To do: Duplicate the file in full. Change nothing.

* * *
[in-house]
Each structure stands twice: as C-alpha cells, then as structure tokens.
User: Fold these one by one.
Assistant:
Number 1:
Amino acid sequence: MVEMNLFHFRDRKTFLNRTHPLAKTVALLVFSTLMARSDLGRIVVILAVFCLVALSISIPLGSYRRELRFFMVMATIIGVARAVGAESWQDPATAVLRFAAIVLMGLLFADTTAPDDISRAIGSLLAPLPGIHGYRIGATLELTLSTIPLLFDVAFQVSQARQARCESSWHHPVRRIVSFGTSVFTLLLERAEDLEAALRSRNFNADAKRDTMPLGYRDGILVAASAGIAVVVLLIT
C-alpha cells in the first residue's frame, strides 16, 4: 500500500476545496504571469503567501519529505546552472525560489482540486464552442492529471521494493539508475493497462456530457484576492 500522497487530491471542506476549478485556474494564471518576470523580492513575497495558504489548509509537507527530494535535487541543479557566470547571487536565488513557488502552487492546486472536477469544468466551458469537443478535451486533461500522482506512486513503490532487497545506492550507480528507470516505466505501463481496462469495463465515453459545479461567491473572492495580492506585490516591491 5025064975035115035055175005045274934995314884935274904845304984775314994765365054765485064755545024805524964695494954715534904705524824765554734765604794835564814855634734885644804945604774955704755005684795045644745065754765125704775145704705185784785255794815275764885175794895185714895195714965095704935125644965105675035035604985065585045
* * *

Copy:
[in-house]
Each structure stands twice: as C-alpha cells, then as structure tokens.
User: Fold these one by one.
Assistant:
Number 1:
Amino acid sequence: MVEMNLFHFRDRKTFLNRTHPLAKTVALLVFSTLMARSDLGRIVVILAVFCLVALSISIPLGSYRRELRFFMVMATIIGVARAVGAESWQDPATAVLRFAAIVLMGLLFADTTAPDDISRAIGSLLAPLPGIHGYRIGATLELTLSTIPLLFDVAFQVSQARQARCESSWHHPVRRIVSFGTSVFTLLLERAEDLEAALRSRNFNADAKRDTMPLGYRDGILVAASAGIAVVVLLIT
C-alpha cells in the first residue's frame, strides 16, 4: 500500500476545496504571469503567501519529505546552472525560489482540486464552442492529471521494493539508475493497462456530457484576492 500522497487530491471542506476549478485556474494564471518576470523580492513575497495558504489548509509537507527530494535535487541543479557566470547571487536565488513557488502552487492546486472536477469544468466551458469537443478535451486533461500522482506512486513503490532487497545506492550507480528507470516505466505501463481496462469495463465515453459545479461567491473572492495580492506585490516591491 5025064975035115035055175005045274934995314884935274904845304984775314994765365054765485064755545024805524964695494954715534904705524824765554734765604794835564814855634734885644804945604774955704755005684795045644745065754765125704775145704705185784785255794815275764885175794895185714895195714965095704935125644965105675035035604985065585045